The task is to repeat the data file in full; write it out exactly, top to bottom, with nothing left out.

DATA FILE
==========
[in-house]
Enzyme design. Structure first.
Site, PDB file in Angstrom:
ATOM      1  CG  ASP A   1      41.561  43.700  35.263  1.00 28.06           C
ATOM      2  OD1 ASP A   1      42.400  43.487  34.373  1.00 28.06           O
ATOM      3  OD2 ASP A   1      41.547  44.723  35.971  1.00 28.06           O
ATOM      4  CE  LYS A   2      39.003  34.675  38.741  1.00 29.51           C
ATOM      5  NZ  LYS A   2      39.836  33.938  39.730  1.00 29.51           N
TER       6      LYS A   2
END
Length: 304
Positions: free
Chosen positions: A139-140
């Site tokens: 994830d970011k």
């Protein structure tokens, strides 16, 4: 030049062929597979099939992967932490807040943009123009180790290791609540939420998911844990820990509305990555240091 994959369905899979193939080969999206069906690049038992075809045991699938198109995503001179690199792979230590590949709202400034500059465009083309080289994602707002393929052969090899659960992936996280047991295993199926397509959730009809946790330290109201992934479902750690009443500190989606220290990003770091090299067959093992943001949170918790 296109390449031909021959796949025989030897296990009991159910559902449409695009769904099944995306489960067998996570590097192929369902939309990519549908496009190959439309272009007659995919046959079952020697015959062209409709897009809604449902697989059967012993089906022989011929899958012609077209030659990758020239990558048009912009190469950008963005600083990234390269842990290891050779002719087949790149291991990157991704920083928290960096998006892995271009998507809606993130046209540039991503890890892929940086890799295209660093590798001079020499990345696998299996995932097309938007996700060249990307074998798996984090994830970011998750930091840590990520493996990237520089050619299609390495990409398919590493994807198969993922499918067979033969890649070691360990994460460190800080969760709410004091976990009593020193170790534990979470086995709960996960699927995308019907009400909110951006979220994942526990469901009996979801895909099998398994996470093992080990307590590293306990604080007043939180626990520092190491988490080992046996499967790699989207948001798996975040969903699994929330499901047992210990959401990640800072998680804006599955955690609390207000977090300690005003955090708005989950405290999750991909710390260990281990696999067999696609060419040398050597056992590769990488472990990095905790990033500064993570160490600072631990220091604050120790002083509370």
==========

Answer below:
[in-house]
Enzyme design. Structure first.
Site, PDB file in Angstrom:
ATOM      1  CG  ASP A   1      41.561  43.700  35.263  1.00 28.06           C
ATOM      2  OD1 ASP A   1      42.400  43.487  34.373  1.00 28.06           O
ATOM      3  OD2 ASP A   1      41.547  44.723  35.971  1.00 28.06           O
ATOM      4  CE  LYS A   2      39.003  34.675  38.741  1.00 29.51           C
ATOM      5  NZ  LYS A   2      39.836  33.938  39.730  1.00 29.51           N
TER       6      LYS A   2
END
Length: 304
Positions: free
Chosen positions: A139-140
């Site tokens: 994830d970011k």
């Protein structure tokens, strides 16, 4: 030049062929597979099939992967932490807040943009123009180790290791609540939420998911844990820990509305990555240091 994959369905899979193939080969999206069906690049038992075809045991699938198109995503001179690199792979230590590949709202400034500059465009083309080289994602707002393929052969090899659960992936996280047991295993199926397509959730009809946790330290109201992934479902750690009443500190989606220290990003770091090299067959093992943001949170918790 296109390449031909021959796949025989030897296990009991159910559902449409695009769904099944995306489960067998996570590097192929369902939309990519549908496009190959439309272009007659995919046959079952020697015959062209409709897009809604449902697989059967012993089906022989011929899958012609077209030659990758020239990558048009912009190469950008963005600083990234390269842990290891050779002719087949790149291991990157991704920083928290960096998006892995271009998507809606993130046209540039991503890890892929940086890799295209660093590798001079020499990345696998299996995932097309938007996700060249990307074998798996984090994830970011998750930091840590990520493996990237520089050619299609390495990409398919590493994807198969993922499918067979033969890649070691360990994460460190800080969760709410004091976990009593020193170790534990979470086995709960996960699927995308019907009400909110951006979220994942526990469901009996979801895909099998398994996470093992080990307590590293306990604080007043939180626990520092190491988490080992046996499967790699989207948001798996975040969903699994929330499901047992210990959401990640800072998680804006599955955690609390207000977090300690005003955090708005989950405290999750991909710390260990281990696999067999696609060419040398050597056992590769990488472990990095905790990033500064993570160490600072631990220091604050120790002083509370």